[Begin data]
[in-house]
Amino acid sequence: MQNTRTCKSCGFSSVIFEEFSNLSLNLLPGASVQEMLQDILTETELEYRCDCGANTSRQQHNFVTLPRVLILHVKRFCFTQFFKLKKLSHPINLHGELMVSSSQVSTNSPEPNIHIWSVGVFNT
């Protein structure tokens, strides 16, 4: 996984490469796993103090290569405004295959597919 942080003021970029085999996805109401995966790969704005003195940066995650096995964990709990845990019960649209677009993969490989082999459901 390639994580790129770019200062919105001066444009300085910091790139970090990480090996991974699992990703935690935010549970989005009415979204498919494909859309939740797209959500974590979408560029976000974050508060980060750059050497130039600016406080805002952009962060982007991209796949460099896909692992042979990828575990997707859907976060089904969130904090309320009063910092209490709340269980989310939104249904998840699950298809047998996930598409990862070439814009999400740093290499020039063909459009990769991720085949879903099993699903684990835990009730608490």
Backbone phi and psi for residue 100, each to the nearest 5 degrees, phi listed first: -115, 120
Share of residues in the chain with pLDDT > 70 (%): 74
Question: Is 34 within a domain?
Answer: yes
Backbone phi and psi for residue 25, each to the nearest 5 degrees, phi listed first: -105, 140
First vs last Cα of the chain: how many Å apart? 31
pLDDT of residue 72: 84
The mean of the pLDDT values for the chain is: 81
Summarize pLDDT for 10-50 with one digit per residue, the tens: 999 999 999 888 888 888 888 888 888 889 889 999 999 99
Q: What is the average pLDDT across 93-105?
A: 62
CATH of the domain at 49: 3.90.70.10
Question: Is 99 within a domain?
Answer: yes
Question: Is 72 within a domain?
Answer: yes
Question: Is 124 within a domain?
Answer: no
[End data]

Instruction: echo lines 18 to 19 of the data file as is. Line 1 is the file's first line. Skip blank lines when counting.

Question: Is 72 within a domain?
Answer: yes